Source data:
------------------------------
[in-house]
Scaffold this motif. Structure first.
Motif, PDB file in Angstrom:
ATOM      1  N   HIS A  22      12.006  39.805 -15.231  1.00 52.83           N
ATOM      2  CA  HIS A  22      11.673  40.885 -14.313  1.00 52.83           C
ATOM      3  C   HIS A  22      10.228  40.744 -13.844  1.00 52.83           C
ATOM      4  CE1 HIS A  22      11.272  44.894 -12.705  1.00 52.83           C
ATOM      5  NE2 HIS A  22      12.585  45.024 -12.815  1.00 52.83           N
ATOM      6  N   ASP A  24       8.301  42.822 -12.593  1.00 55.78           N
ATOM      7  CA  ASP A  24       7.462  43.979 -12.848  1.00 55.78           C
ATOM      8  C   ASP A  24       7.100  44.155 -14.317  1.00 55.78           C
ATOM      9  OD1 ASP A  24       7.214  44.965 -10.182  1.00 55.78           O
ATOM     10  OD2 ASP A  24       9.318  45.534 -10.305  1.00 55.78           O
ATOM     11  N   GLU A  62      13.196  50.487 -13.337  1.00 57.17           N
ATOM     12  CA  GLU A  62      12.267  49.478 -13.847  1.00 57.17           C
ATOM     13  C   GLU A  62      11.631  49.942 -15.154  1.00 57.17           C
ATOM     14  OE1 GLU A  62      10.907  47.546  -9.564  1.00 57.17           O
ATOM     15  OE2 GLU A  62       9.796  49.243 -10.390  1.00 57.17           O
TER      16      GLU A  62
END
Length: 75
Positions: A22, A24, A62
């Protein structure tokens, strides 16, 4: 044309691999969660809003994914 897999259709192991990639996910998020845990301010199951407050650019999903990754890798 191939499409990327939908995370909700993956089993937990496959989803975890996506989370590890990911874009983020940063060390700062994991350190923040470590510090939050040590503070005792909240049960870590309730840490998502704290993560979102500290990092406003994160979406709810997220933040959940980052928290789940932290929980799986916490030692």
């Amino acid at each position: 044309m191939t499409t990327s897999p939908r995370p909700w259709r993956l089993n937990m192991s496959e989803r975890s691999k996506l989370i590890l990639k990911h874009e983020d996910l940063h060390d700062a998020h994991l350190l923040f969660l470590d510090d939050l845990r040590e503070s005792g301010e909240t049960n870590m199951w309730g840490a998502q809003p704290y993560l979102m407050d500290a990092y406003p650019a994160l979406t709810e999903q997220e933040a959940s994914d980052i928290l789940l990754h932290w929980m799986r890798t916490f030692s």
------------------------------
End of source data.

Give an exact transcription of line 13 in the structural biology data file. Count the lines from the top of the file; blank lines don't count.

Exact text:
ATOM     10  OD2 ASP A  24       9.318  45.534 -10.305  1.00 55.78           O